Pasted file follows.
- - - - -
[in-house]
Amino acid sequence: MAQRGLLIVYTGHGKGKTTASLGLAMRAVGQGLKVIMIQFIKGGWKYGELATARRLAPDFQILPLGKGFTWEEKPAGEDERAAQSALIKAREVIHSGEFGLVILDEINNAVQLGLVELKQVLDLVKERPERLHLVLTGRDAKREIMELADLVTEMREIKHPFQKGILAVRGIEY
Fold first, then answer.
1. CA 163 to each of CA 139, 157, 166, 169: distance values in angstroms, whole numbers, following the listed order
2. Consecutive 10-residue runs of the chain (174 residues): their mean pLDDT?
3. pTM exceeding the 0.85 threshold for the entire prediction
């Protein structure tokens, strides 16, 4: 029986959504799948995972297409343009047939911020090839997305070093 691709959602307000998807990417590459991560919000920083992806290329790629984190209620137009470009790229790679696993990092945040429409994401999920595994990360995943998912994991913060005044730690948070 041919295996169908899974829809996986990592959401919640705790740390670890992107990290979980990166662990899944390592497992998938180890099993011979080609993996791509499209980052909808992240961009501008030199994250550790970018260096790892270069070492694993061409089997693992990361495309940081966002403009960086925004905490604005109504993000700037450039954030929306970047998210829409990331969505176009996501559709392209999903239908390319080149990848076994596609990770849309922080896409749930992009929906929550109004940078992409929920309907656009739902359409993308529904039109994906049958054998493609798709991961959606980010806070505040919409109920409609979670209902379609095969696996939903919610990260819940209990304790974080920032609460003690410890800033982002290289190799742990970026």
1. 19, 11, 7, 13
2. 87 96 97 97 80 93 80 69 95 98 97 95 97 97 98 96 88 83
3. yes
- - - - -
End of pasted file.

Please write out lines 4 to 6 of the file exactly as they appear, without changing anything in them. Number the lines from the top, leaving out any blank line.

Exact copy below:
1. CA 163 to each of CA 139, 157, 166, 169: distance values in angstroms, whole numbers, following the listed order
2. Consecutive 10-residue runs of the chain (174 residues): their mean pLDDT?
3. pTM exceeding the 0.85 threshold for the entire prediction